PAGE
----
Retail in the 21st Century

Do Brands Require Physical Space?

What next for retail? Stores are shutting, brands are digitalising, and consumers are getting savvy. Whether it be niche practices or established brands, everyone is feeling the effect. Physical retail is clearly losing its market share to the digital world. Digital is more accessible, it is more convenient and it is often cheaper.

Oxford Street, London, 20th Century

Looking to the future, traditional retailers will need to think deeply about how they are going to survive in these turbulent times. The hope is, that as it still accounts for a large proportion of the market it can still play its part. Whilst some suggest this marks the end of the road, it is not. Traditional retail is not disappearing, it is rather experiencing a shift. The article on how online retail is effecting traditional shopping discusses how the shift is happening and what this means.

Soon, “digital brands” won’t be referred to as digital brands anymore. They will simply be referred to as “brands”. All firms will be digital, it will not be unique, and it will be the norm. A brand with a digital presence and no physical one might then ask themselves if they should include physical space as part of their business model. Would it be worth it? And more so, would they really want to enter a failing sector? The answer will vary for every brand and is likely to be no straightforward matter. For many brands, physical space will come as a burden more than anything else. For those considering it, they sure need a good reason to do so. It is worth noting that this opinion is more prevalent in firms offering products and services rather than those offering experiences.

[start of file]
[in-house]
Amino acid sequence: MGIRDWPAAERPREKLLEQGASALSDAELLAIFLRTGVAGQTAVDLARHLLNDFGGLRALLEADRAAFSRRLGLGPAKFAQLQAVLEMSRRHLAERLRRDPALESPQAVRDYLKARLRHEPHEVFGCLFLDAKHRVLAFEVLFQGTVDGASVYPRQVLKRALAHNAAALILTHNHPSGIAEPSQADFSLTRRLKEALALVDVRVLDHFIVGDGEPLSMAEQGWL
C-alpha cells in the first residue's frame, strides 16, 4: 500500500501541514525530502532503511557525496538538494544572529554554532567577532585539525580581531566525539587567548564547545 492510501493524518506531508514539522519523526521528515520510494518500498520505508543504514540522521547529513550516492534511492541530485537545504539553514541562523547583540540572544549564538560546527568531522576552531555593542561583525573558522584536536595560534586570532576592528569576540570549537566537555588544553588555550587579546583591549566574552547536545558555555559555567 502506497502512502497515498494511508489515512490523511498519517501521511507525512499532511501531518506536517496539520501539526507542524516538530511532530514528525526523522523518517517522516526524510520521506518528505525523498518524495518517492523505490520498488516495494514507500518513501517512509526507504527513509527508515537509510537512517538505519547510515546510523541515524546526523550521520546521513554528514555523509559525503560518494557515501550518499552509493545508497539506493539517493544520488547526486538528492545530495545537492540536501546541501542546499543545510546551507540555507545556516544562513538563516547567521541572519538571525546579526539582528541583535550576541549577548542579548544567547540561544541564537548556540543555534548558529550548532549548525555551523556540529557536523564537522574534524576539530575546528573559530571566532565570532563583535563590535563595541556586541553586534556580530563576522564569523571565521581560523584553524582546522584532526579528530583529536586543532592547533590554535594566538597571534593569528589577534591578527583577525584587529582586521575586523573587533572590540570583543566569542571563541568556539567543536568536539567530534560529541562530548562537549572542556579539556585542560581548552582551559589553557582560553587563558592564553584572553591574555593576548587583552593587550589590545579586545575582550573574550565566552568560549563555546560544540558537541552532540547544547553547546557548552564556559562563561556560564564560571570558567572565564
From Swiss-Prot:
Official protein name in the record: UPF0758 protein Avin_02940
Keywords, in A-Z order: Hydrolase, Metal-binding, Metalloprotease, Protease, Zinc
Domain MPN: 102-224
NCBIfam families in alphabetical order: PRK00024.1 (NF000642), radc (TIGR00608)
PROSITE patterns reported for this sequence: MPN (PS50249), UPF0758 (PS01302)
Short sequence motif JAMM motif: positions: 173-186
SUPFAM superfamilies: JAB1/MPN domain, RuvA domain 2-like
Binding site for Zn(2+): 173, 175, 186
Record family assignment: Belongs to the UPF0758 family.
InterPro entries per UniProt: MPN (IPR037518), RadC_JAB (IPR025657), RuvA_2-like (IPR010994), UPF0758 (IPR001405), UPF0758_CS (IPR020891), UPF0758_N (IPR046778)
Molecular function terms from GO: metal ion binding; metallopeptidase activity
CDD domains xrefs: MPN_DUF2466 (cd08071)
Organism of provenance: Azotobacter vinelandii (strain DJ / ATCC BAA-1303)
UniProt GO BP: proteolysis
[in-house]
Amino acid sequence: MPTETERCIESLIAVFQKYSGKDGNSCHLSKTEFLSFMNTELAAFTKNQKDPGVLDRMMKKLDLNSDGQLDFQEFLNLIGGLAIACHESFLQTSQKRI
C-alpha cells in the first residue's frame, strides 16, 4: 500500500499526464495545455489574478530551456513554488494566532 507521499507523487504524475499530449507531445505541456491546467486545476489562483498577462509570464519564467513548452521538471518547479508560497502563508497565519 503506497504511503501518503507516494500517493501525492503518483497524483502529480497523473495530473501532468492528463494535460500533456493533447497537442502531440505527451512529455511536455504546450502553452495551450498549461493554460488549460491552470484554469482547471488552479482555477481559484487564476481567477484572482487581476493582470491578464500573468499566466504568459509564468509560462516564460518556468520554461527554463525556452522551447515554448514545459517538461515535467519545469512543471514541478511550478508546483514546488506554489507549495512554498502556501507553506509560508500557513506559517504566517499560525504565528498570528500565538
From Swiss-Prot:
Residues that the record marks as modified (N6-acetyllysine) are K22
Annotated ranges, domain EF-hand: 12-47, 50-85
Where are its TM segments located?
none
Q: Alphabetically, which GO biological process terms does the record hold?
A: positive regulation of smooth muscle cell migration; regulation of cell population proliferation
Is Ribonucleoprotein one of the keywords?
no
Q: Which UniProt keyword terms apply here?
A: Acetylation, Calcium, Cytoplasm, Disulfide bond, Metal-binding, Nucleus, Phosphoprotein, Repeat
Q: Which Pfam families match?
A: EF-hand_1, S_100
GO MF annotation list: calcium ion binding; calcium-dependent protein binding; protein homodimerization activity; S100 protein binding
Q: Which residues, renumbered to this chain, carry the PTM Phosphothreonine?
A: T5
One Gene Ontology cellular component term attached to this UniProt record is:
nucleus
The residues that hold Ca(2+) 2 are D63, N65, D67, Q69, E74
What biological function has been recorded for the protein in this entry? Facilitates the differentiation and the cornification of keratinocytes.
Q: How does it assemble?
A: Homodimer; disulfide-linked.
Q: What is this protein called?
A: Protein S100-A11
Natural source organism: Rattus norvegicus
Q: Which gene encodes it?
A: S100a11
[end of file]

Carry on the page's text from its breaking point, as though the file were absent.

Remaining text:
One obvious reason to introduce physical space is “brand exposure”. As such, opening a space should not necessarily be there to serve its own purpose, rather it should be there to complement its online presence. Whether as a form of advertisement, a tool to increase brand awareness, a way to introduce new products, or even to try new concepts out. If applied correctly, this can have a positive impact on a brand and its exposure.

In every risk lies opportunity. The risk is retail, entering the market is the opportunity. For the smart brands out there, will they be able to spot a gap in the market that the market has not yet spotted. How are they going to differentiate themselves, have a physical presence, and make it align with their overall business strategy.

That is for the brands to figure out.

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